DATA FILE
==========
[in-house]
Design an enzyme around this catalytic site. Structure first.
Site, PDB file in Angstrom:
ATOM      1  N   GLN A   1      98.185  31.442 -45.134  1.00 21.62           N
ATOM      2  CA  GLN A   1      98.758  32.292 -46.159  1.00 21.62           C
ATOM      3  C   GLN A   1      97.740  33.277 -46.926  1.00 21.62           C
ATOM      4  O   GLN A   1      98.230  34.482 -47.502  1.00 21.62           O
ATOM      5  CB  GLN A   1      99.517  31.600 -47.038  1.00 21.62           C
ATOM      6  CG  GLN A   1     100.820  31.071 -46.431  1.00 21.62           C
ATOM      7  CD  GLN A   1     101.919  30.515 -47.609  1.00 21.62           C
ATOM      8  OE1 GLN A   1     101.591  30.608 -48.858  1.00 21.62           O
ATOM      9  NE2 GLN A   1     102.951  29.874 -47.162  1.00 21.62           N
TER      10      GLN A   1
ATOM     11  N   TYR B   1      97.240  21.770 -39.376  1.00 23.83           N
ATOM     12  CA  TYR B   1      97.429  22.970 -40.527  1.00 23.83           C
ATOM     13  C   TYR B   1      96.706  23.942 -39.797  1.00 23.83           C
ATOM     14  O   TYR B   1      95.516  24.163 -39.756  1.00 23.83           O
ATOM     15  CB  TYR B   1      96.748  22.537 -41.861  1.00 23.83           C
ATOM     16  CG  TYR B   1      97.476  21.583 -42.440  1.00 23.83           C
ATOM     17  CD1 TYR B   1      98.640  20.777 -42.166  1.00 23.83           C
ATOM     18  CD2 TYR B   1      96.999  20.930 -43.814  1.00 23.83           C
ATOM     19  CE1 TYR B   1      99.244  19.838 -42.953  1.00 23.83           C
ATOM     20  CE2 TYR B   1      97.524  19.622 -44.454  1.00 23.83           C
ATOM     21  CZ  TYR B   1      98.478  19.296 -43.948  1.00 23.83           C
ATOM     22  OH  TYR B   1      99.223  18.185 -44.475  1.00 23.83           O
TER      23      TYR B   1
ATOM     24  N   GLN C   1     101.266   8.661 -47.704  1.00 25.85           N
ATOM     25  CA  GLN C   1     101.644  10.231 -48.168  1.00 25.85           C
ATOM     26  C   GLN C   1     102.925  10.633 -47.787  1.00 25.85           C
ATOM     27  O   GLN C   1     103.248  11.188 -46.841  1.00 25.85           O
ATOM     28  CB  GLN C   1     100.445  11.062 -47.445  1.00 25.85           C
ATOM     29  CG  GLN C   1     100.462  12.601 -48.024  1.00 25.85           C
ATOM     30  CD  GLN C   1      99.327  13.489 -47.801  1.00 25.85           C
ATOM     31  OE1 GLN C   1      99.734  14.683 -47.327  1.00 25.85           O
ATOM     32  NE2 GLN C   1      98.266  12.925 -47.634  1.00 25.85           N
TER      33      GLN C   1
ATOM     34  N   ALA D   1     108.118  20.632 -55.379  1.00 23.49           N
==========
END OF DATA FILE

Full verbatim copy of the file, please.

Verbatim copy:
[in-house]
Design an enzyme around this catalytic site. Structure first.
Site, PDB file in Angstrom:
ATOM      1  N   GLN A   1      98.185  31.442 -45.134  1.00 21.62           N
ATOM      2  CA  GLN A   1      98.758  32.292 -46.159  1.00 21.62           C
ATOM      3  C   GLN A   1      97.740  33.277 -46.926  1.00 21.62           C
ATOM      4  O   GLN A   1      98.230  34.482 -47.502  1.00 21.62           O
ATOM      5  CB  GLN A   1      99.517  31.600 -47.038  1.00 21.62           C
ATOM      6  CG  GLN A   1     100.820  31.071 -46.431  1.00 21.62           C
ATOM      7  CD  GLN A   1     101.919  30.515 -47.609  1.00 21.62           C
ATOM      8  OE1 GLN A   1     101.591  30.608 -48.858  1.00 21.62           O
ATOM      9  NE2 GLN A   1     102.951  29.874 -47.162  1.00 21.62           N
TER      10      GLN A   1
ATOM     11  N   TYR B   1      97.240  21.770 -39.376  1.00 23.83           N
ATOM     12  CA  TYR B   1      97.429  22.970 -40.527  1.00 23.83           C
ATOM     13  C   TYR B   1      96.706  23.942 -39.797  1.00 23.83           C
ATOM     14  O   TYR B   1      95.516  24.163 -39.756  1.00 23.83           O
ATOM     15  CB  TYR B   1      96.748  22.537 -41.861  1.00 23.83           C
ATOM     16  CG  TYR B   1      97.476  21.583 -42.440  1.00 23.83           C
ATOM     17  CD1 TYR B   1      98.640  20.777 -42.166  1.00 23.83           C
ATOM     18  CD2 TYR B   1      96.999  20.930 -43.814  1.00 23.83           C
ATOM     19  CE1 TYR B   1      99.244  19.838 -42.953  1.00 23.83           C
ATOM     20  CE2 TYR B   1      97.524  19.622 -44.454  1.00 23.83           C
ATOM     21  CZ  TYR B   1      98.478  19.296 -43.948  1.00 23.83           C
ATOM     22  OH  TYR B   1      99.223  18.185 -44.475  1.00 23.83           O
TER      23      TYR B   1
ATOM     24  N   GLN C   1     101.266   8.661 -47.704  1.00 25.85           N
ATOM     25  CA  GLN C   1     101.644  10.231 -48.168  1.00 25.85           C
ATOM     26  C   GLN C   1     102.925  10.633 -47.787  1.00 25.85           C
ATOM     27  O   GLN C   1     103.248  11.188 -46.841  1.00 25.85           O
ATOM     28  CB  GLN C   1     100.445  11.062 -47.445  1.00 25.85           C
ATOM     29  CG  GLN C   1     100.462  12.601 -48.024  1.00 25.85           C
ATOM     30  CD  GLN C   1      99.327  13.489 -47.801  1.00 25.85           C
ATOM     31  OE1 GLN C   1      99.734  14.683 -47.327  1.00 25.85           O
ATOM     32  NE2 GLN C   1      98.266  12.925 -47.634  1.00 25.85           N
TER      33      GLN C   1
ATOM     34  N   ALA D   1     108.118  20.632 -55.379  1.00 23.49           N